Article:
Texas Genealogy Trails

Genealogy Trails History Group

Welcome to Motley County Texas Genealogy Trails!

*Volunteers dedicated to putting free data online*

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Our goal is to help you track your ancestors through time by transcribing genealogical and historical data and placing it online for the free use of all researchers.

This Motley County Website
is available for adoption.


If you have a love for history, a desire to help others, and basic web-authoring skills, consider joining us! If hosting isn't for you, we can use your help in other ways.
Get the details on our
Volunteer Page.
[A desire to transcribe data and knowledge of how to make a basic webpage is required.]

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We regret that we are unable to
perform personal research for anybody.

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Motley County, Texas

The county is named for Junius William Mottley, who died in the battle of San Jacinto (a spelling error was made when the county was named.) This sparsely settled county comprises 959 square miles of rough and broken terrain drained by the North Pease, Middle Pease, and South Pease rivers and their tributaries.
Comanches of the Wanderers, Liver-Eaters, and Downstream bands hunted buffalo and other game in the area before white settlement, but were displaced by the army's Indian campaigns of the 1870s. In 1876 the Texas legislature formed Motley County from lands formerly assigned to the Bexar District and attached the area to Crosby County for judicial purposes.

Sometime in the 1870s a buffalo hunter named Ballard established a supply station at the springs that now bear his name. In the mid-1870s Frank Collinson was commissioned by Samuel R. Coggin to bring 8,000 of John S. Chisum's cattle to establish the first ranch in the area.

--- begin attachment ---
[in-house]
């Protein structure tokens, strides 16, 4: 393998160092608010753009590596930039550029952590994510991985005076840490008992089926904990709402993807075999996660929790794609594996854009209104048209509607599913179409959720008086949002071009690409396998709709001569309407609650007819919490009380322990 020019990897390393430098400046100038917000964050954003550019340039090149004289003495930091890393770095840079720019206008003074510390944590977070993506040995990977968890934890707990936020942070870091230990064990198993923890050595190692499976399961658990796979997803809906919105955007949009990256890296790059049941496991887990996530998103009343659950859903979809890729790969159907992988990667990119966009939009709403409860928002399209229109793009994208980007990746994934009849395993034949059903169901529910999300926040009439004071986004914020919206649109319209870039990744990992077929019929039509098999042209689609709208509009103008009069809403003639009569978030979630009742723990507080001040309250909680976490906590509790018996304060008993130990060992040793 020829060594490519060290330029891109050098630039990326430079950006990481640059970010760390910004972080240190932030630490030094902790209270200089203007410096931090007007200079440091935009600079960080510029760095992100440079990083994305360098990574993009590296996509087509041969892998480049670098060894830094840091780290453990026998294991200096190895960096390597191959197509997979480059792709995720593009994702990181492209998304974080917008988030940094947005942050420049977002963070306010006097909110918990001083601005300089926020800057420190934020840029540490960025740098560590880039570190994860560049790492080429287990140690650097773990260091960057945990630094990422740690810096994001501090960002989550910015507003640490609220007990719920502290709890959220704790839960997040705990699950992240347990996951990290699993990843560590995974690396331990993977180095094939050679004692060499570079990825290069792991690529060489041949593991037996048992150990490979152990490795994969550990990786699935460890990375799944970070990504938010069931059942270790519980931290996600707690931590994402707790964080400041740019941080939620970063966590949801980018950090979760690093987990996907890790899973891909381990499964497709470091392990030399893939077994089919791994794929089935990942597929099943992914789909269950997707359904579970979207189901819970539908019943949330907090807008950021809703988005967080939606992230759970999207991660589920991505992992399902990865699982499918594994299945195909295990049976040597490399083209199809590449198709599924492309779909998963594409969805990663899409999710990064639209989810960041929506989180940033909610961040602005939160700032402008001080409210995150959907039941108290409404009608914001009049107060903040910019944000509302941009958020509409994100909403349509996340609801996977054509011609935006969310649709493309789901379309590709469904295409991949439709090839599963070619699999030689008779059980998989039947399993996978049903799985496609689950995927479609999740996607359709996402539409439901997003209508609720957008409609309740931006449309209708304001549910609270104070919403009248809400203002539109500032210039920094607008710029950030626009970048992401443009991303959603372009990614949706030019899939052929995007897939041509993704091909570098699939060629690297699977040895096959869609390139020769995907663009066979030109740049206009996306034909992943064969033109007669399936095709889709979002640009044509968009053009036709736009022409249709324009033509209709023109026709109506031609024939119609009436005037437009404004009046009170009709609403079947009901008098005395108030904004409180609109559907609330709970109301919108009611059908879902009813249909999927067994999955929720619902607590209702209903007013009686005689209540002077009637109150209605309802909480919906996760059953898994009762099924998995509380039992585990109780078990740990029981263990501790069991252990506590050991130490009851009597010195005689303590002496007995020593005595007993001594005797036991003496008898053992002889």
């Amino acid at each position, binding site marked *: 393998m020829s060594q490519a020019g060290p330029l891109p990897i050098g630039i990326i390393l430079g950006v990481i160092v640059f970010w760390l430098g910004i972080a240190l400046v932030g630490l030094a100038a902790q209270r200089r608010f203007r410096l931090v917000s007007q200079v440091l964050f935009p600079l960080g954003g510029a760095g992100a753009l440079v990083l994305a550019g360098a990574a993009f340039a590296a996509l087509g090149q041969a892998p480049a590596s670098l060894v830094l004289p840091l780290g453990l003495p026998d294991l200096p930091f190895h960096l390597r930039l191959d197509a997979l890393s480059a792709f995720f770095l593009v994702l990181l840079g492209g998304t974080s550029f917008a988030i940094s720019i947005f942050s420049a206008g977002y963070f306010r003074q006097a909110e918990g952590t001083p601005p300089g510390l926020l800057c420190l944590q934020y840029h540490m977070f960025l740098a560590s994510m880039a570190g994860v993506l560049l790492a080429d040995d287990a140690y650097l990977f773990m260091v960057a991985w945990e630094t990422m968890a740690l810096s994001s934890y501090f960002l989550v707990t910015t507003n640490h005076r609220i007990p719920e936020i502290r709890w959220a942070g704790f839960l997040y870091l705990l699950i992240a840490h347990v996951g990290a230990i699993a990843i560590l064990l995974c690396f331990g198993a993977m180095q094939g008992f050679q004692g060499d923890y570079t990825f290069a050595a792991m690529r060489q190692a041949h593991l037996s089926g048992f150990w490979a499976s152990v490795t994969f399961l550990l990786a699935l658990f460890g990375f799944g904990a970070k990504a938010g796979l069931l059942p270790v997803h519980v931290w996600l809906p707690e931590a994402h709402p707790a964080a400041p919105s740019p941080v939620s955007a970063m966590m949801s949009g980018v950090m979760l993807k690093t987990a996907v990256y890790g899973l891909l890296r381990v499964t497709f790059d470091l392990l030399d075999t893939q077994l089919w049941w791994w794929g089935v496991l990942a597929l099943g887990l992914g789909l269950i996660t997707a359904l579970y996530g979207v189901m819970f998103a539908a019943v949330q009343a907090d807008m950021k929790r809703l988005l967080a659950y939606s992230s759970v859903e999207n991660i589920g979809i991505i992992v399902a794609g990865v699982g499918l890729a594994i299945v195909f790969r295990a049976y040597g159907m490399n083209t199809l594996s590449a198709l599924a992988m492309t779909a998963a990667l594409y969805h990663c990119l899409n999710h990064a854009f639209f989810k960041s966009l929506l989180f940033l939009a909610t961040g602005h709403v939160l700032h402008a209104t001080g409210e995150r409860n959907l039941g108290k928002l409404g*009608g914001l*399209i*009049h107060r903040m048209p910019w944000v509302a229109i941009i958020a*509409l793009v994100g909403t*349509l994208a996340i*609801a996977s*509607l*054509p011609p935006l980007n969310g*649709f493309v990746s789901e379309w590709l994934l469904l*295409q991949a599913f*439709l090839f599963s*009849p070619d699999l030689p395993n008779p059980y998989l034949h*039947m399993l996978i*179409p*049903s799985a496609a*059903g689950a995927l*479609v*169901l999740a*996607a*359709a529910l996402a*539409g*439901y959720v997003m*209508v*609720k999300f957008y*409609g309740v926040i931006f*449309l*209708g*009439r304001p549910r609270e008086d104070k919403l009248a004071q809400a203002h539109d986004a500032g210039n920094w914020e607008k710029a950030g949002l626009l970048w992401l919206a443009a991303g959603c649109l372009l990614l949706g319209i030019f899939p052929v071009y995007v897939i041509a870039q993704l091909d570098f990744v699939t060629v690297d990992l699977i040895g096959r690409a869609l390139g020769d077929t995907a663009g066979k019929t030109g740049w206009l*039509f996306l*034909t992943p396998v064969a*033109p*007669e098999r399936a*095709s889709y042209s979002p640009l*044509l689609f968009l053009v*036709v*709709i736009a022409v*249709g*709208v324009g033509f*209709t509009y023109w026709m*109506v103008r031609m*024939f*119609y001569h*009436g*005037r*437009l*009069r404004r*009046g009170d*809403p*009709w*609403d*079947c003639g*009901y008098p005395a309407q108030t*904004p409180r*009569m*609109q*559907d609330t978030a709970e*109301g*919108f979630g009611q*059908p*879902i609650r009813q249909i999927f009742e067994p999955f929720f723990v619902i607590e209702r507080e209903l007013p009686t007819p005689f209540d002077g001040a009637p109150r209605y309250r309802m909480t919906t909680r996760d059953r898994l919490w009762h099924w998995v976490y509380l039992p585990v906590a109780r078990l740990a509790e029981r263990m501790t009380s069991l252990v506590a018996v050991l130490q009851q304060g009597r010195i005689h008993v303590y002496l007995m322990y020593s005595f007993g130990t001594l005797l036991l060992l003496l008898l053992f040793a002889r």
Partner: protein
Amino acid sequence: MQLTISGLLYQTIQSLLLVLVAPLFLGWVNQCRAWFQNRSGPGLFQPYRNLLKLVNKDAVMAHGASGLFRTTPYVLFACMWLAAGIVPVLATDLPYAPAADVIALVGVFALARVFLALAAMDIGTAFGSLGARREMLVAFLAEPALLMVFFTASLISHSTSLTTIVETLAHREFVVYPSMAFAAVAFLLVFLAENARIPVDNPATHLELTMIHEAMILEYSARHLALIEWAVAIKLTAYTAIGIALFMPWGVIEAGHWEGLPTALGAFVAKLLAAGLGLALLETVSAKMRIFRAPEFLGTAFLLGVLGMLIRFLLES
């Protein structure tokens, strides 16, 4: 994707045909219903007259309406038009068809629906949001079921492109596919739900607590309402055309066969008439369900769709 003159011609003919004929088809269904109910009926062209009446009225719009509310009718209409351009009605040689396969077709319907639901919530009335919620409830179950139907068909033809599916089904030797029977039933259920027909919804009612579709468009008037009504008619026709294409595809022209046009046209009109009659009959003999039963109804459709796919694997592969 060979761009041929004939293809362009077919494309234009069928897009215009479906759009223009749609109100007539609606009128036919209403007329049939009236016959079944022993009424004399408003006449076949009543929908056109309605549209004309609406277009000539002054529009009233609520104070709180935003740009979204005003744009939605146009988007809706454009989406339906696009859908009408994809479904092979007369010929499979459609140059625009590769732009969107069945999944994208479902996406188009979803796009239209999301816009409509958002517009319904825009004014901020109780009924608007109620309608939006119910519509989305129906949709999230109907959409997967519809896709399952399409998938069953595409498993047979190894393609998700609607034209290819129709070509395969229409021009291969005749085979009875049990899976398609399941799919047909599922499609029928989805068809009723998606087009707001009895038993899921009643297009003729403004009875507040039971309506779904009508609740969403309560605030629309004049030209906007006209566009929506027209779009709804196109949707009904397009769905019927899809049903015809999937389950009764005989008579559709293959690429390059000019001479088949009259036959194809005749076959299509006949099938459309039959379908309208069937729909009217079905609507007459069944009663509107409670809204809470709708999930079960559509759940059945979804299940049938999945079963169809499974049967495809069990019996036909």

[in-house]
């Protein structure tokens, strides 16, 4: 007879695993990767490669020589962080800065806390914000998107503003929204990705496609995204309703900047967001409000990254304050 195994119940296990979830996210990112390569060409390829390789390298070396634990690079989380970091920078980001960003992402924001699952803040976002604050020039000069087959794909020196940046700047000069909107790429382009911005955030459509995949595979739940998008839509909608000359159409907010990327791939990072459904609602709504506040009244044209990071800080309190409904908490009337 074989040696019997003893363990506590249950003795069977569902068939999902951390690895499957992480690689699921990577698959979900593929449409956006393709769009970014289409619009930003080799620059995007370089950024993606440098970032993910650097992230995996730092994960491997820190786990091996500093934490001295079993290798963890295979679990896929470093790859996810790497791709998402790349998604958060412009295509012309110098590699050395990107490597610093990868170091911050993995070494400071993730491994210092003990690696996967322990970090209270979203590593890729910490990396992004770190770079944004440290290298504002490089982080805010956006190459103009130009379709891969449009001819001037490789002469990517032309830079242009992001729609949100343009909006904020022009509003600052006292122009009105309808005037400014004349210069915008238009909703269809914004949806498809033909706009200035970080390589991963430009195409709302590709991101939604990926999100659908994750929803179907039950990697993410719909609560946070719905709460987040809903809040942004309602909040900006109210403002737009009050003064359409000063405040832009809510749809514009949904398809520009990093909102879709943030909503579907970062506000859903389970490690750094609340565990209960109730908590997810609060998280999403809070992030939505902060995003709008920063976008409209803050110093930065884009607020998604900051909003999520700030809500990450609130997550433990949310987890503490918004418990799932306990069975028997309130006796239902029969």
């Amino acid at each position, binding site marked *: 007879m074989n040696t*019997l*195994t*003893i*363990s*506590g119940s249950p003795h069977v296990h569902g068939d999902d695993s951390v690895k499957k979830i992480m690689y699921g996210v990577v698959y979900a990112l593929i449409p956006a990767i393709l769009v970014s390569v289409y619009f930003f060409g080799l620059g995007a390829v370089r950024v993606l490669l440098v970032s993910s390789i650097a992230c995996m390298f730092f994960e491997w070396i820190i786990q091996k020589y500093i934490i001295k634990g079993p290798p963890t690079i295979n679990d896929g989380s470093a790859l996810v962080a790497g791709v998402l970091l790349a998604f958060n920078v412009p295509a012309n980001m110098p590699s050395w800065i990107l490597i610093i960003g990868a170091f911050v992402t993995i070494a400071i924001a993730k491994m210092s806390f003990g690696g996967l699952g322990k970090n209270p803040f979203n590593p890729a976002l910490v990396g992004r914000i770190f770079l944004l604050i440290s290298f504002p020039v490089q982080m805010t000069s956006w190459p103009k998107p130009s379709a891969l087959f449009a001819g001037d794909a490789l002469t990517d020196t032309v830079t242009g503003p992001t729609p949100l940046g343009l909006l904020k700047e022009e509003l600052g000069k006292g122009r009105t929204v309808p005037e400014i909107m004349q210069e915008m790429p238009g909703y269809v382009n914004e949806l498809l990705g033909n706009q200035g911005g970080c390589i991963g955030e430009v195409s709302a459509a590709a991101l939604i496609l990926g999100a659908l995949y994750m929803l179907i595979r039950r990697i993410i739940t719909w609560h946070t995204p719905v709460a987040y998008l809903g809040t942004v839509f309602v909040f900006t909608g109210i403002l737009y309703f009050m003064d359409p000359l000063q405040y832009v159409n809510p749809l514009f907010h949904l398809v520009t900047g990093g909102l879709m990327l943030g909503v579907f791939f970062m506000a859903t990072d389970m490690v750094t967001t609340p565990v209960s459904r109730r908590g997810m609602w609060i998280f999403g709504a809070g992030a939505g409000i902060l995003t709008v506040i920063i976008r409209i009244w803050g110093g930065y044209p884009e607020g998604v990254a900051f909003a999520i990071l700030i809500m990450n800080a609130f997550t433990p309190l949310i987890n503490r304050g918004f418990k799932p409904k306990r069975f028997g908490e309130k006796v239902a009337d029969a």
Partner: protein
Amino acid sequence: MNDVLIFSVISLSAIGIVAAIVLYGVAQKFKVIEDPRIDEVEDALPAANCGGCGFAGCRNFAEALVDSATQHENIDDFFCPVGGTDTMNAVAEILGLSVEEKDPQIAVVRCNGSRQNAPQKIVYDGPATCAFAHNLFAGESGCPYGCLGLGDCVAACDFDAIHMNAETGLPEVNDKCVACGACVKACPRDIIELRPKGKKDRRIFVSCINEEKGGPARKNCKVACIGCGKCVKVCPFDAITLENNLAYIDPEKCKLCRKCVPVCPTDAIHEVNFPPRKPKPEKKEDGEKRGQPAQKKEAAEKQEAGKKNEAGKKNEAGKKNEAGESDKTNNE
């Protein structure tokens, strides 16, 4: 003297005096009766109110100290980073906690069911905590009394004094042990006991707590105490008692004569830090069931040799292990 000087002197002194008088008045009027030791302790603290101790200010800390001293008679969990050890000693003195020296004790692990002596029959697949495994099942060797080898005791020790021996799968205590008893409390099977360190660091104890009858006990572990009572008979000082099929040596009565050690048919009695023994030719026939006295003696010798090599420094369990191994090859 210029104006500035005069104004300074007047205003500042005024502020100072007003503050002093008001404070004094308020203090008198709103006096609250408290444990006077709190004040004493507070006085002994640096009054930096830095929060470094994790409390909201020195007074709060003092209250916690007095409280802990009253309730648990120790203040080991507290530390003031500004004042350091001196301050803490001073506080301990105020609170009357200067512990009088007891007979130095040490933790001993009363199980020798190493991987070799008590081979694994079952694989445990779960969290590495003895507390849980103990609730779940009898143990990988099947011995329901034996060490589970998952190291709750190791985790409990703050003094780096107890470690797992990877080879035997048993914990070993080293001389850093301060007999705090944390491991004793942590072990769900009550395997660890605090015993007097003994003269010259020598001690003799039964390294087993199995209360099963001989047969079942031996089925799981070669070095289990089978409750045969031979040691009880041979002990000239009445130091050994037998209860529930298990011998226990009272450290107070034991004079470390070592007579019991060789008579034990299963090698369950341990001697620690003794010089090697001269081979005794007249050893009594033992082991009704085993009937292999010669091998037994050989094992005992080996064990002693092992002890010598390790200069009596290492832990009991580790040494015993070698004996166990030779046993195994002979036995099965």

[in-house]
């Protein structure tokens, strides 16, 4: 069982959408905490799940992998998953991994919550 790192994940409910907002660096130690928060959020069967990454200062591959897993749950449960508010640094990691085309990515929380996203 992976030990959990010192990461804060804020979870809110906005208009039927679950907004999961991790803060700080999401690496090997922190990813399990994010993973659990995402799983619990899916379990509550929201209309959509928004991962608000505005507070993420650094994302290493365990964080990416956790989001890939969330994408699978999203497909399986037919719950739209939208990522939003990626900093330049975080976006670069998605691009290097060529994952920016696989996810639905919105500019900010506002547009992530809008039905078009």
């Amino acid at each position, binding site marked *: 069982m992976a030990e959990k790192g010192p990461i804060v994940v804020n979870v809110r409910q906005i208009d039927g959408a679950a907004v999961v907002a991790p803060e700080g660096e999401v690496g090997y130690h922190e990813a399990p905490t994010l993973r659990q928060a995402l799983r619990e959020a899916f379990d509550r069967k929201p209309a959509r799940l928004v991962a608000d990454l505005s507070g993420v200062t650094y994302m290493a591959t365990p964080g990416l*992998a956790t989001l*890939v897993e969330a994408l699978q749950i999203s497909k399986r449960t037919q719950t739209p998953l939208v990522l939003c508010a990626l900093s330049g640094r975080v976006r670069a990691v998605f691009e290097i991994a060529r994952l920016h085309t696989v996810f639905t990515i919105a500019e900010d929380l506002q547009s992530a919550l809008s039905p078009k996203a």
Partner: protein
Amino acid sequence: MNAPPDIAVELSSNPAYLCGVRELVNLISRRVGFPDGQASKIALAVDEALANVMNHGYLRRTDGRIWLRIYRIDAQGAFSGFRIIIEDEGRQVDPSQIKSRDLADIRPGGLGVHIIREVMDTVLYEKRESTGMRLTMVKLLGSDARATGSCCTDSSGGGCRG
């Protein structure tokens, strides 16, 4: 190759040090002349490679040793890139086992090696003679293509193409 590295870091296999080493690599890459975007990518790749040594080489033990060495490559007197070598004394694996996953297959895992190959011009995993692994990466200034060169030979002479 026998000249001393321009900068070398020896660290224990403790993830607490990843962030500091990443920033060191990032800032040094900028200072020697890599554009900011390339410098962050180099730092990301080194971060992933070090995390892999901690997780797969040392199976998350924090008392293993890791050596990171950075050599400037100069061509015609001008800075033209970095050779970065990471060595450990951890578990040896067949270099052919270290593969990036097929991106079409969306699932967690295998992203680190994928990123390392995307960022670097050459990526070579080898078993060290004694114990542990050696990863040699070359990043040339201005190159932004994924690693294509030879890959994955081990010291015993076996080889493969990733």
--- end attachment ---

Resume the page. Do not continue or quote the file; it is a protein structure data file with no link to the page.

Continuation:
In 1890 the county had thirteen ranches, encompassing 30,225 acres, and the local economy was almost entirely devoted to cattle ranching.  Settlers began to move to the county in greater numbers in the early 1890s; an incomplete 1891 tax roll listed 317 taxpayers. That same year the county was organized, with Matador as county seat. Since the General Land Office required a county seat to have twenty businesses, Matador Ranch employees had opened temporary stores stocked with ranch supplies. During the 1890s the county was disturbed by friction between settlers and the managers of the Matador Ranch, who attempted to control the county government.

Cities and Towns

* Matador  *  Roaring Springs  *  Tee Pee City  *  Flomot  *  Northfield  *  Whiteflat  *  
 


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We'll be happy to help your families' obituaries, news items and other historical data find a home here
at Texas Genealogy Trails, where it will remain free for all to view.


Motley County Online Data


Birth Records

Census

Church Histories / Records

County Records

Family Bibles and Records

County History

Marriage Records

Military Records

Miscellaneous Data

School Records

Wills/Probate Records

Website Updates:
July 2014: Obit: DIRICKSON - Transcribed by Sue P. Carpenter
June 2014: Cemeteries; Bio: HAMILTON, JONES, SMITH, LISENBY,  - Transcribed by Vicki Bryan
 


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Surrounding Counties

Hall County (north)
Cottle County (east)
Dickens County (south)
Floyd County (west)
Briscoe County (northwest)

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